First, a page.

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Booster Seat Laws: Should Size Be the Measure?

By Admin on September 16, 2009 | Last updated on March 21, 2019

The laws regarding which children are required to sit in booster seats while riding in an automobile vary greatly from state to state. Kids of the same age also vary enormously in size. This has Consumer Reports asking whether a single federal law booster seat law based on the height of the child would work better.

As discussed by Consumer Reports, all states require safety seats for children under one year old. Every state except Arizona, Florida and South Dakota has enacted booster seat requirements for some children.

A quick look at the child safety seat laws of all states shows the extreme differences in booster seat laws. Some base it solely on age, others on age and weight, and yet others on age and height.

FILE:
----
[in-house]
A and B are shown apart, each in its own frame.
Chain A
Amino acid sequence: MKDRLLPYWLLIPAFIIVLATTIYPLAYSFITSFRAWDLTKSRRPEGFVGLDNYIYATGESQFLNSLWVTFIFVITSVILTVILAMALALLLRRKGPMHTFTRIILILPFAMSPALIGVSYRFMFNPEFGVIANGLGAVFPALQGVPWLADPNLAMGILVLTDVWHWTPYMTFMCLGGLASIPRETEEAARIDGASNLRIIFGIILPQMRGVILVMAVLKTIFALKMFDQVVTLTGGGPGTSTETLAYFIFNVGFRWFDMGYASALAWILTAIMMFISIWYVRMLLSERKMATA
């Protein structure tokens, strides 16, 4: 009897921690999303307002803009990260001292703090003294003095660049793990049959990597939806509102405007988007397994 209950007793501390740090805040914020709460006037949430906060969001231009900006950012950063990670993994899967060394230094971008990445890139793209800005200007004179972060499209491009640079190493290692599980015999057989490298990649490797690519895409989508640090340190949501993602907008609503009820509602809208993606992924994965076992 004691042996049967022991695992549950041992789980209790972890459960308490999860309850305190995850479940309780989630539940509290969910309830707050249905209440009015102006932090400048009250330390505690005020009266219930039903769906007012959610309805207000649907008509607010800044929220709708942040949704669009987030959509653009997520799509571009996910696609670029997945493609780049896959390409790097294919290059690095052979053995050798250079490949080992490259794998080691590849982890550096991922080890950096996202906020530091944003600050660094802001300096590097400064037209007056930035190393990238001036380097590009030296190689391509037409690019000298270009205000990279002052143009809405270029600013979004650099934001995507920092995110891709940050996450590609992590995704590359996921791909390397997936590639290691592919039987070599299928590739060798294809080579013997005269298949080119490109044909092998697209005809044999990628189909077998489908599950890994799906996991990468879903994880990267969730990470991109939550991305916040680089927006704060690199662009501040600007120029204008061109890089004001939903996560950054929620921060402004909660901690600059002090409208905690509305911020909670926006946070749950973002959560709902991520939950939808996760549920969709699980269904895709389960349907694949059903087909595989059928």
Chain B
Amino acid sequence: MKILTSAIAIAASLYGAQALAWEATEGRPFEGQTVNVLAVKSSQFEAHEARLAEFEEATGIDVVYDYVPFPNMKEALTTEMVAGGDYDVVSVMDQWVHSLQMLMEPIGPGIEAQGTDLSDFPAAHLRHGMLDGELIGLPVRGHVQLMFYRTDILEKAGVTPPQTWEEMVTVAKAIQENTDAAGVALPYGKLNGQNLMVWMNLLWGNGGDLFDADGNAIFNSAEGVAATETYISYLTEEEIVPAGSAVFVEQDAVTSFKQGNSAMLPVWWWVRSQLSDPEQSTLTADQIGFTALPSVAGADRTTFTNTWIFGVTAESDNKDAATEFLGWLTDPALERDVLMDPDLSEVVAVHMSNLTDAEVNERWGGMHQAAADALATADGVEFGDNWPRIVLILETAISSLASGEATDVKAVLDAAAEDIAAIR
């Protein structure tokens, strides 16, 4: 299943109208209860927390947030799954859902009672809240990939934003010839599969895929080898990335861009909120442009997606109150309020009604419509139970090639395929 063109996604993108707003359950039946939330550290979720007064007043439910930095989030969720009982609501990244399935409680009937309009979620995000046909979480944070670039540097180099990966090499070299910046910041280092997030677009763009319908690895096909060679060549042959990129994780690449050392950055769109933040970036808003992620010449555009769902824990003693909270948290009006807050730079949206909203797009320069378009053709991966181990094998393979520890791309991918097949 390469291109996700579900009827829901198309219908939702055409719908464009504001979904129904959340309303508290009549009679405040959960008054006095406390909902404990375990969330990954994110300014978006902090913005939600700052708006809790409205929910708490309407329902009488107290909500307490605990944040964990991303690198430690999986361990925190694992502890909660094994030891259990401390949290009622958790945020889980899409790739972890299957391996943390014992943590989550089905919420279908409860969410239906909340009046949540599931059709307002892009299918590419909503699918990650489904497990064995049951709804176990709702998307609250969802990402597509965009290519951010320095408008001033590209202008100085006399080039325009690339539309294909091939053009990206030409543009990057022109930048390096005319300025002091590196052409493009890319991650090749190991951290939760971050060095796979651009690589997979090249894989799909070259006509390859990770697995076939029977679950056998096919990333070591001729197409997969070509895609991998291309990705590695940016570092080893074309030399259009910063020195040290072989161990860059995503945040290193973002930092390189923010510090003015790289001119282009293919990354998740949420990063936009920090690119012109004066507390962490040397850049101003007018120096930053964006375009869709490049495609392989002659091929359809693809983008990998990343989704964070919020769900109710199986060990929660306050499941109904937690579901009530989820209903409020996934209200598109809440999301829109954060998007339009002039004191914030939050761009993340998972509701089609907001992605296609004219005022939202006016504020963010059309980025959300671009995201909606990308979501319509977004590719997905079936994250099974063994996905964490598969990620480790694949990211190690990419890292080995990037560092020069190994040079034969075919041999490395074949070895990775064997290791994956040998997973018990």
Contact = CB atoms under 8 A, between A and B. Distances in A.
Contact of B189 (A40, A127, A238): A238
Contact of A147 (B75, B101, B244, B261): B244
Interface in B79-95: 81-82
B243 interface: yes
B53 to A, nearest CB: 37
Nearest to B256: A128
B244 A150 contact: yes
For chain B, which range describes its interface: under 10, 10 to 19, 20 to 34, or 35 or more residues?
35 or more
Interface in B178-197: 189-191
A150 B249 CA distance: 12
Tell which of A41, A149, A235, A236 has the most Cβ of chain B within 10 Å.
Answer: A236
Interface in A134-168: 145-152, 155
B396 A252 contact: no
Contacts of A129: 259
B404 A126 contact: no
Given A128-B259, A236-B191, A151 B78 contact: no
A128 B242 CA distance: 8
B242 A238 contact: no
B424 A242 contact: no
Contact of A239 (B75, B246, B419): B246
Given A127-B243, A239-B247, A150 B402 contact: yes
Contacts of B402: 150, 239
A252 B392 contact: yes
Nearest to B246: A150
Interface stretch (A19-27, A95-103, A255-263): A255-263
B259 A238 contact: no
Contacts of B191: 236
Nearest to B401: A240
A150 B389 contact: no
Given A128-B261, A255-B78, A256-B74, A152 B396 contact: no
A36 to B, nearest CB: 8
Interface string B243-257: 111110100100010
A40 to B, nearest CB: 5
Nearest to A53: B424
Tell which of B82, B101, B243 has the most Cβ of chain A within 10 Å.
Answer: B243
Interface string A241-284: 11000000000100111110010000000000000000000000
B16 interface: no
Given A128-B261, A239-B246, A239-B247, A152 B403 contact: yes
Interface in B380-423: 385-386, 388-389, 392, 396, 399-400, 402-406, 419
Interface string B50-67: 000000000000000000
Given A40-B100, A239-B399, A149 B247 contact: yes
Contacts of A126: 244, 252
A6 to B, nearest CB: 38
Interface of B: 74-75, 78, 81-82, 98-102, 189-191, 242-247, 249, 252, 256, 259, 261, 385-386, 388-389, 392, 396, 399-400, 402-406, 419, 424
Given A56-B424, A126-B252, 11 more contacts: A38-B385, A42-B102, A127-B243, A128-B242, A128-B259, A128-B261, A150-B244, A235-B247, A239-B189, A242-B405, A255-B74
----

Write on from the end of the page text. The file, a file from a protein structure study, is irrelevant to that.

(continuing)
As advised by Consumer Reports' Safety blog, parents wondering if going without a booster seat is okay should ask the following questions:

  1. Can the child's knees comfortably bend at the edge of the car's seat?
  2. Does the seat belt cross the shoulder area between the child's arm and neck?
  3. Does the lap belt, when low as possible, touch the child's thighs?
  4. Can the child sit like this for the entire trip?

No to any of those means yes to the booster seat.

Unfortunately, the wide variance of state laws means you still need to check your state's requirements as well.

From Consumer Reports' point of view, since height is most often the determining factor in how a seat belt fits on a child, the best solution would be a single federal booster seat requirement for all kids under 4'9" (57 inches).

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